Aloe 'Erik the Red' - A large growing aloe to 6 feet tall or more with its stems topped by rosettes to about 2 feet wide with dark to mid-green leaves that have a prominent, but not dangerous whitish-green teeth along the leaf margins. The main stem often has new shoots early on to create a full shrubby plant, but older stems are more solitary. The tall branching inflorescences of blood-red flowers appear in early winter and continue through to early spring with dark red buds as attractively colored as the flowers. The open flowers are one and a half inches long with yellow exerted stamens.
Plant in full sun in a well-drained soil. Can get by with occasional to very infrequent irrigation, but also tolerant of more regular gardening watering. We have not had this plant through any very cold winters, but it is noted as hardy to a medium frost so likely cold tolerant to temperatures down to the mid to high 20's F. Removing side shoots on the main stems can neaten up the plant and promote earlier flowering. This very attractive flowering aloe is a great addition to any garden! We so like it that we used a painting of it for the cover of our 2012 catalog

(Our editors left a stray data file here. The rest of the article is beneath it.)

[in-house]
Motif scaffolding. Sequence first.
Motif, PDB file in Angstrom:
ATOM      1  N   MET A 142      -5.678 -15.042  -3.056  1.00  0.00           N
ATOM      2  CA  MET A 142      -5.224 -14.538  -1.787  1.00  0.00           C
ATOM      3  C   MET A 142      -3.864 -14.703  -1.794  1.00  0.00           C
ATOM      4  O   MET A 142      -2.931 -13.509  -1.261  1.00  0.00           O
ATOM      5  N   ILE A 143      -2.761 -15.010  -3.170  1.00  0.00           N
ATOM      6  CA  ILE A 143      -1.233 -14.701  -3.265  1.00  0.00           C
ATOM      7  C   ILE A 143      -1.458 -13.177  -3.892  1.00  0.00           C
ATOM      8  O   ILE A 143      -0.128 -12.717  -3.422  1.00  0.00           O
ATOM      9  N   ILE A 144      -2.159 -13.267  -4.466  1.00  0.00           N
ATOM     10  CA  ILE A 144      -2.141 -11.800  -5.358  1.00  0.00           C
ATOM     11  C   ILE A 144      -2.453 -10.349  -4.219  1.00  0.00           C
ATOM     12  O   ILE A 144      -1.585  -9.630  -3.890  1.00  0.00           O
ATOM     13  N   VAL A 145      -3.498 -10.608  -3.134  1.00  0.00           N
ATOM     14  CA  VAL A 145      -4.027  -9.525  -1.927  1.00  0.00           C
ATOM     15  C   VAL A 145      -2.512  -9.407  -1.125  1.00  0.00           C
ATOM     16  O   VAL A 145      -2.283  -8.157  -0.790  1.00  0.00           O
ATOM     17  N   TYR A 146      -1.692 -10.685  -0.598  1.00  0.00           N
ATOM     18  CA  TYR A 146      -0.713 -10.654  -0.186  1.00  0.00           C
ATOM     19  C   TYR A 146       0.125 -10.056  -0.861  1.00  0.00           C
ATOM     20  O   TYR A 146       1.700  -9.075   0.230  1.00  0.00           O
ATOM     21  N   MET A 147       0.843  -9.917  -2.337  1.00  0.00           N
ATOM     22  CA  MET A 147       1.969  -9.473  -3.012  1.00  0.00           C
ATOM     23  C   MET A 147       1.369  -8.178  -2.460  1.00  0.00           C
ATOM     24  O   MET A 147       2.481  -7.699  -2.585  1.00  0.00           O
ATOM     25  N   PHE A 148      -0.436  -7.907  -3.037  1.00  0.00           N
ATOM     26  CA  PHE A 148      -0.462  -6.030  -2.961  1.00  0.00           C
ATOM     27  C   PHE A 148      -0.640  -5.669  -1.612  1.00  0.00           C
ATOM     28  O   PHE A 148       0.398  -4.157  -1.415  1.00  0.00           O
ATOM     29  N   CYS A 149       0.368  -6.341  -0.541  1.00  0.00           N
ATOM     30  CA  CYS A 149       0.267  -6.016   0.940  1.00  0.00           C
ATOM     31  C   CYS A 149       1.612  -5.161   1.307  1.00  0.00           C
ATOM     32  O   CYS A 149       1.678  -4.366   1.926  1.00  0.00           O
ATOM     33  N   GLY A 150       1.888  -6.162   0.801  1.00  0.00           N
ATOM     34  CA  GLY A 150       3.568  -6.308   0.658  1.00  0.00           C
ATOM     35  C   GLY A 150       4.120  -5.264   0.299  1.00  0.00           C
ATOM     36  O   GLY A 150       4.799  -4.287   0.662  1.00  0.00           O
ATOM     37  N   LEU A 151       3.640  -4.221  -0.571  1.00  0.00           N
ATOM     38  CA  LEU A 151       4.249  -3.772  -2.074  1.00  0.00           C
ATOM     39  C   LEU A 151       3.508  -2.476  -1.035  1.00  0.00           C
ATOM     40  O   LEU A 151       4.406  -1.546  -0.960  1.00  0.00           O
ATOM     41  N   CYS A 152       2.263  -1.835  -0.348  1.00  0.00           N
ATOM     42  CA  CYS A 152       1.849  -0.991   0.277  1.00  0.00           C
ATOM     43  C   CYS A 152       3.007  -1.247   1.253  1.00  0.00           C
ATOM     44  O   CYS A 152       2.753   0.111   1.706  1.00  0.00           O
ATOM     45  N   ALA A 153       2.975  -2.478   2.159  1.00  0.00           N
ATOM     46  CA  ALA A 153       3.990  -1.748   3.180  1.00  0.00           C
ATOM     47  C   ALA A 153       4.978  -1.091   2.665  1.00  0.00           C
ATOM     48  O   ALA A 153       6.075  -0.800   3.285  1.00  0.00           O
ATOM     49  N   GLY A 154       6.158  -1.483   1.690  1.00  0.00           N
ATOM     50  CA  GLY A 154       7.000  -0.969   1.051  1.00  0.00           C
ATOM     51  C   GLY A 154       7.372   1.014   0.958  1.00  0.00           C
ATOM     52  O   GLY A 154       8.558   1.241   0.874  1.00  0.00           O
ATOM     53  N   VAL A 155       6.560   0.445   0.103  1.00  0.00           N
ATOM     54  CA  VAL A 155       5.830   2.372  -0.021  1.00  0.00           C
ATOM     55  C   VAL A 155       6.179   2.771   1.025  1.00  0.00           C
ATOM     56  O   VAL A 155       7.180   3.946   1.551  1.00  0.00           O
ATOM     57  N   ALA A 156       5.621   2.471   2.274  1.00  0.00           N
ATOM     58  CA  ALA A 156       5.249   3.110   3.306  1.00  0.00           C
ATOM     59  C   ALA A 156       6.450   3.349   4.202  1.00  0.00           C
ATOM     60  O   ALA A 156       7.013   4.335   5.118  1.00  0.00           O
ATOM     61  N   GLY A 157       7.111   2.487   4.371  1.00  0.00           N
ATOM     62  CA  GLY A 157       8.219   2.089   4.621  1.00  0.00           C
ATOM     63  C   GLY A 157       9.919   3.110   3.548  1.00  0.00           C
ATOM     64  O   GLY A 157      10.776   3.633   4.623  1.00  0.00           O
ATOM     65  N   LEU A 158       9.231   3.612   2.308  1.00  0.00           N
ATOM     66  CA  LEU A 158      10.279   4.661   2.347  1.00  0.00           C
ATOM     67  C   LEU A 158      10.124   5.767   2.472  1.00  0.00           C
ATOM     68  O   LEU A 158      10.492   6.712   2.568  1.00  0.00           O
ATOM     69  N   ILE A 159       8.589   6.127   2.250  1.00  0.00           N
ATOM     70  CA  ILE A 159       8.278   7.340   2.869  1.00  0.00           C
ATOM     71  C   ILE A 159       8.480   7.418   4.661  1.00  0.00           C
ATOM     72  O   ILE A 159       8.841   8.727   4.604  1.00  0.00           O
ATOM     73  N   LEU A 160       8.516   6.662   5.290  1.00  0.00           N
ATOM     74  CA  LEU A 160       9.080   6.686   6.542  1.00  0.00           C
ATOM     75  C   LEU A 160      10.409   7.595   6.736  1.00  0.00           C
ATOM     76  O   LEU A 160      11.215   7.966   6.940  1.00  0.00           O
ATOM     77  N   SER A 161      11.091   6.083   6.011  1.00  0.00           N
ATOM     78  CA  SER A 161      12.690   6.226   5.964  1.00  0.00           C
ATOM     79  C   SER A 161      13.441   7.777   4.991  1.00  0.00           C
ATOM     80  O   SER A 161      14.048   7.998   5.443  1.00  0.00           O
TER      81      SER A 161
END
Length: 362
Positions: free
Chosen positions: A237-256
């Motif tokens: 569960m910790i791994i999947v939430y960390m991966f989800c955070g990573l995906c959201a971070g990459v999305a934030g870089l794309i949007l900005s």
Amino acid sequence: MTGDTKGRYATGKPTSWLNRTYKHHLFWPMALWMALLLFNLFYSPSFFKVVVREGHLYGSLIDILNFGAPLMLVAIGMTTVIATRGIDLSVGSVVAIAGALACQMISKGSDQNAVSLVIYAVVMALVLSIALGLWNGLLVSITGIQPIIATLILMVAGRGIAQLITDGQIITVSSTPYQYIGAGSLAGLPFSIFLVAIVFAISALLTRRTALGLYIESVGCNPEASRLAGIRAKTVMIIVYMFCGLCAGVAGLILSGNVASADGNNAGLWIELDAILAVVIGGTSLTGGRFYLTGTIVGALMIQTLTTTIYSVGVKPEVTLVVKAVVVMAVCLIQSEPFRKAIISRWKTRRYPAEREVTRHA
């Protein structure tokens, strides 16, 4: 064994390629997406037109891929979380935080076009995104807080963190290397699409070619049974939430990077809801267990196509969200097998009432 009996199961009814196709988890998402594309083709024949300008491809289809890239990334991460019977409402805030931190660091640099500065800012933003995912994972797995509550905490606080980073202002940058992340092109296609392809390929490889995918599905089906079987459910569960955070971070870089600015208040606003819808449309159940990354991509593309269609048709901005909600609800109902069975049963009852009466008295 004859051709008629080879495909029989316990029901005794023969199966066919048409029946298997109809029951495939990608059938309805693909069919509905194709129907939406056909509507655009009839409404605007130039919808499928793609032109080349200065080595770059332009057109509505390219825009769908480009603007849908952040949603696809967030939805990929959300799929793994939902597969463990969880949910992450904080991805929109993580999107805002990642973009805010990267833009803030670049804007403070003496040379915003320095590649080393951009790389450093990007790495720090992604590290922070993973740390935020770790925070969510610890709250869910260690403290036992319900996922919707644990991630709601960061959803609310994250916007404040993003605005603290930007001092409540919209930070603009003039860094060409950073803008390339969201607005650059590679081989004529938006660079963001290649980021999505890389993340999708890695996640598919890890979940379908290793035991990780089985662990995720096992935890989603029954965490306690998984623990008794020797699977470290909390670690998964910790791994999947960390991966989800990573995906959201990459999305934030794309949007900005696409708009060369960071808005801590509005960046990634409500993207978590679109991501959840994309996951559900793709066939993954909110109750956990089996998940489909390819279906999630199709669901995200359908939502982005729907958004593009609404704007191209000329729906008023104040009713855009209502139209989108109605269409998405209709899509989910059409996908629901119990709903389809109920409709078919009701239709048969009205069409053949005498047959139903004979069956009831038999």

This sensational large aloe with dark red flowers that contrast well against the long dark green leaves comes from the breeding program of Leo Thamm of Sunbird Aloes in Johannesburg, South Africa. This program was first introduced into the US in 2012 and also included other very nice aloe cultivars 'Fairy Pink', Moonglow ['LEO 3151A'], Scarlet Rockets ['LEO 3711'] and Topaz ['LEO 4120']. Aloe 'Erik the Red' is a complex hybrid involving Aloe mawii, which contributed its dark red color combined with A. petricola, A. marlothii (red form) and A. arborescens. It was named after the breeder's eldest son, whom he notes is "also a tall fella" and was awarded the Gold Medal at the Brisbane Horticultural Show in Australia. A painting of this plant done by our nursery founder Marcia Constance graced the cover of our 2014 catalog.
Information about Aloe 'Erik the Red' displayed on this page is based on our research about it conducted in our library and gathered from reliable online sources. We include observations made of this plant as it grows in our nursery gardens and in other gardens that we have visited, as well as how the crops have performed in containers in our own nursery field. We will also incorporate comments that we receive from others about this plant when we feel it adds information and particularly welcome hearing from anyone who has any additional cultural recommendations that would aid others in growing it.